The 2014-15 season is off to a rocky start for the New York Knicks with the team currently holding a 4-11 record, good enough for 12th in the Eastern Conference. Injuries have yet again been at the heart of the problem. Forward Andrea Bargnani yet to play this season due to calf and hamstring strains and offseason acquisition Jose Calderon has played just two games after missing the team’s first 13 outings with a calf strain of his own. Now the team enters a tough spot in their schedule without the services of Carmelo Anthony.
Anthony, New York’s leading scorer, made an early exit from Monday’s loss to Houston after experiencing back spasms in the first half. The team is calling him doubtful for Wednesday meeting with the Mavericks but do not expect him to play.
The injury itself is difficult to gauge but very problematic. Back spasms aren’t actually an injury but the symptom of an underlying cause. When an injury to the muscles or other tissues of the back results in pain, the effected individual often enters into a viscous sequence known as the pain-spasm-pain cycle.
The pain associated with the injury causes the surrounding musculature to contract in spasms in an attempt to support the area. However excessive spasms increase pain, which produces tension, which leads to more pain. If prolonged, the cycle perpetuates ischemia, a reduction in blood flow and thus oxygen, in the muscle and surrounding areas. A simple injury suddenly becomes very complicated and often unrelenting.
As a result, interrupting the cycle is the first and necessary step in treatment. Various modalities can be utilized including anti-inflammatory medication, hot or cold therapy, and physical therapy. Once the individual is comfortable, the main goal of the medical staff becomes locating and fixing the primary cause of the injury to prevent the cycle from reoccurring.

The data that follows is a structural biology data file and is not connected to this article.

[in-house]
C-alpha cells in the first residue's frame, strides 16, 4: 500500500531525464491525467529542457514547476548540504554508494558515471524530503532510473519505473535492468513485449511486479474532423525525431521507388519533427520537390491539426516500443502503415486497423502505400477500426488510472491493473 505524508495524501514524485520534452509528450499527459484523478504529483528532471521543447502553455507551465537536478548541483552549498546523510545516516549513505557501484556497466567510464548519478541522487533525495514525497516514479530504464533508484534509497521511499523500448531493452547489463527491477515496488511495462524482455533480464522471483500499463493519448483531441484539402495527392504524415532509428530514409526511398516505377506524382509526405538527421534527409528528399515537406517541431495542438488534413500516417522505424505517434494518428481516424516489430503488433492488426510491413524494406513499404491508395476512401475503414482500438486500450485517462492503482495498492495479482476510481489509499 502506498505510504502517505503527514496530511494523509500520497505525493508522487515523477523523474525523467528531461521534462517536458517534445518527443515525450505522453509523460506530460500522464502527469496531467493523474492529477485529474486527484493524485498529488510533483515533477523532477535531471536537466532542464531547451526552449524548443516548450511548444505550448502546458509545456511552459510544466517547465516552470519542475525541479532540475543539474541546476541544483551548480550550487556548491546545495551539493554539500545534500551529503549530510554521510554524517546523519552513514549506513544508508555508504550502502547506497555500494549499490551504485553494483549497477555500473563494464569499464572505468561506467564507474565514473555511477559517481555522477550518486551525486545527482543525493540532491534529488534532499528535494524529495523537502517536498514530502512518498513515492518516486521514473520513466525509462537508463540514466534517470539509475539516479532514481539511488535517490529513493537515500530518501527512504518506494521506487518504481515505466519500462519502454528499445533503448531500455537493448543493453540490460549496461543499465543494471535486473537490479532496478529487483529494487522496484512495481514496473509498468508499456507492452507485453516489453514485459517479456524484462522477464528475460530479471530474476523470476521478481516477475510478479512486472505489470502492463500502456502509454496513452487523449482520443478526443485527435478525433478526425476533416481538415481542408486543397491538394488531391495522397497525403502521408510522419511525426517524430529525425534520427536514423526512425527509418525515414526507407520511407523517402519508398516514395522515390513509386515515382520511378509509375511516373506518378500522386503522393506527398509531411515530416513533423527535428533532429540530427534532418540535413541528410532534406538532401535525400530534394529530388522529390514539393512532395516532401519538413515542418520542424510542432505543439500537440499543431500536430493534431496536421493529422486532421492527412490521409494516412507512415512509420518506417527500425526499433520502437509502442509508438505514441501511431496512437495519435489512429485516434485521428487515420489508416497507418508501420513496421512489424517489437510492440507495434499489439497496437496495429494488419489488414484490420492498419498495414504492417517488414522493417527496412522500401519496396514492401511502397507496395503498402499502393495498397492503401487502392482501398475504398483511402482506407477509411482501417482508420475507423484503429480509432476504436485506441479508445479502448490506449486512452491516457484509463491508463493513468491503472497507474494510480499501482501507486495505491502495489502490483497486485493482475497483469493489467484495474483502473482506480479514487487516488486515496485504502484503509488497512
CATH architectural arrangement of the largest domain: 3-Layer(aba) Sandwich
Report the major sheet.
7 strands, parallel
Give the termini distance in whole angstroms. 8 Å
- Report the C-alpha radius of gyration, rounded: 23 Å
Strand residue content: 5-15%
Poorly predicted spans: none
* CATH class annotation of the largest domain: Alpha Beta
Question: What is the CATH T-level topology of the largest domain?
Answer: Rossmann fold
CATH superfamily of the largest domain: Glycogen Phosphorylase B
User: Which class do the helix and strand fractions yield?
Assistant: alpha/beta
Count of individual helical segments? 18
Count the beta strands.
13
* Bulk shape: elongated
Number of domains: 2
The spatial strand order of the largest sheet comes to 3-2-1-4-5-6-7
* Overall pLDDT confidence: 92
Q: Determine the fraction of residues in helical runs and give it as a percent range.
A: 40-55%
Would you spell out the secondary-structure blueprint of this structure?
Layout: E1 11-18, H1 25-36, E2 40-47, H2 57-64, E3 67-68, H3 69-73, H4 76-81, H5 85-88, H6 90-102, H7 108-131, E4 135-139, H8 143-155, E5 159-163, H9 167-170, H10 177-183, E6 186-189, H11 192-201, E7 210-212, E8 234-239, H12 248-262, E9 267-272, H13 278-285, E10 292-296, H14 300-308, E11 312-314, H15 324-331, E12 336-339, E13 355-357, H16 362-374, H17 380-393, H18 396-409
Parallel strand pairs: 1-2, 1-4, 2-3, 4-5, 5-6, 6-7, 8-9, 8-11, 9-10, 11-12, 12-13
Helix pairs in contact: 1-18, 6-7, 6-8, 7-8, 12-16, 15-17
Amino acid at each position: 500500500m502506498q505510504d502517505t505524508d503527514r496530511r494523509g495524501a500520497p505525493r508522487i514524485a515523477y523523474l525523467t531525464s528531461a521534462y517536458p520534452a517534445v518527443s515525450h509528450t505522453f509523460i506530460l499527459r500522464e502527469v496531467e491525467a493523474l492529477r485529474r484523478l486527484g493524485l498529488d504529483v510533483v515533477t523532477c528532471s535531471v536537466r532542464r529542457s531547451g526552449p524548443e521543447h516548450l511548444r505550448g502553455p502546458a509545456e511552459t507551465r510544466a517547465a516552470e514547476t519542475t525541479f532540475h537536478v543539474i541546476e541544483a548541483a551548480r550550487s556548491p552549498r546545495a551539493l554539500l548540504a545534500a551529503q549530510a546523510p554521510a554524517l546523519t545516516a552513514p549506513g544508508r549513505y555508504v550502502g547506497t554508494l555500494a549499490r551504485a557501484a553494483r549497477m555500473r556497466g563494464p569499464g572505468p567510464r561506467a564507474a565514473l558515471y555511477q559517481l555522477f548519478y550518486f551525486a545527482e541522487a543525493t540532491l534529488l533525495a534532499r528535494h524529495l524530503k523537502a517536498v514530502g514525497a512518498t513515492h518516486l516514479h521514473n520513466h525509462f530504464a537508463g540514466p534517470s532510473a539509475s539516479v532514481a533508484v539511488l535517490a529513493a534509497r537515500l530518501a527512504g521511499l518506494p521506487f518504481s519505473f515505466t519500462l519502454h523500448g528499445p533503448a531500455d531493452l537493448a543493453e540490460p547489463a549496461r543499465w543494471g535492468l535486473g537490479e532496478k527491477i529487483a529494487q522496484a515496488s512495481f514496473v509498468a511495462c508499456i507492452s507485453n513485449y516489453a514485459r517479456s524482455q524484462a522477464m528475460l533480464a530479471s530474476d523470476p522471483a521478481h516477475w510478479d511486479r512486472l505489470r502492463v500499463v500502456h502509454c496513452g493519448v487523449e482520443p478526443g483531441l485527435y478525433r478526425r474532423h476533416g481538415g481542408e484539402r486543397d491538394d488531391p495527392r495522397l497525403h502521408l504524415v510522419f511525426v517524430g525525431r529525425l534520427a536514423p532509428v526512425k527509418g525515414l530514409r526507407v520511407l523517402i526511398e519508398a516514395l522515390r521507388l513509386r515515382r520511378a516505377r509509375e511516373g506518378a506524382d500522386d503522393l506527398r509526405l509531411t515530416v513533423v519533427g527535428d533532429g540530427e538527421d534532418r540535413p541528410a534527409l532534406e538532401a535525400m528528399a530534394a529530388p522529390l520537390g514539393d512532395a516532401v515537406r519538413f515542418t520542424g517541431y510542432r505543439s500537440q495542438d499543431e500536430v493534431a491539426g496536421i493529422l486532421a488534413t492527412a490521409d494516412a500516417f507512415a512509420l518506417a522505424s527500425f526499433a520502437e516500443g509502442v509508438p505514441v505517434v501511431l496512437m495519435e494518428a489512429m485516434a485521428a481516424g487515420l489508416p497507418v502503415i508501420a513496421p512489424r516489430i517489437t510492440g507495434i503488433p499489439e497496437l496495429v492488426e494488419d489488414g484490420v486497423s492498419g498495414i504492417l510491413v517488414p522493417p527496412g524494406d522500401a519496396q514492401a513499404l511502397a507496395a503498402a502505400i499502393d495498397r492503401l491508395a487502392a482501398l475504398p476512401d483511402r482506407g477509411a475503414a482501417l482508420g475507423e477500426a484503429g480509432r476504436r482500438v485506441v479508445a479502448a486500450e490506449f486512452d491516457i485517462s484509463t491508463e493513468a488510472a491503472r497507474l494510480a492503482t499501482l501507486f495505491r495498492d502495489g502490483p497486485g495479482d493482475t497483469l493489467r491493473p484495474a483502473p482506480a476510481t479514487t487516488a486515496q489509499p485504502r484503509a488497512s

It is more than likely Anthony’s problems are muscular in nature though a detailed evaluation is necessary to rule out a more significant injury like an inflamed disc or pinched nerve. Marc Berman of the New York Post reports the team is fully aware of this possibility and is hoping the problem can be controlled before it develops into something more serious.
Head coach Derek Fisher reiterated the importance of remaining patient, stating, “Until you can actually play without being in spasm, there isn’t anything you can really do. Hopefully that will be soon. His back will be the only indicator of how soon that can be. I don’t think there’s anything we can necessarily do to rush that right now.”
Back spasms have always been an issue for NBA players with multiple players enduring the painful cycle. The Brooklyn Nets know the problems this condition can create all too well with Kevin Garnett and Andrei Kirilenko each missing extended stretches of last year due to back spasms. Even worse the reoccurrence rate is relatively high. Of the numerous examples in the InStreetClothes.com database, a player that suffered in-season back spasms dealt with another set of spasms or an additional back injury in the same season 37 percent of the time.
Anthony appears poised to sit for at least a few games as the Knicks medical staff exhausts their options and protects the face of the franchise. The unpredictable yet common problem is just another setback in what has been an already frustrating season for New York.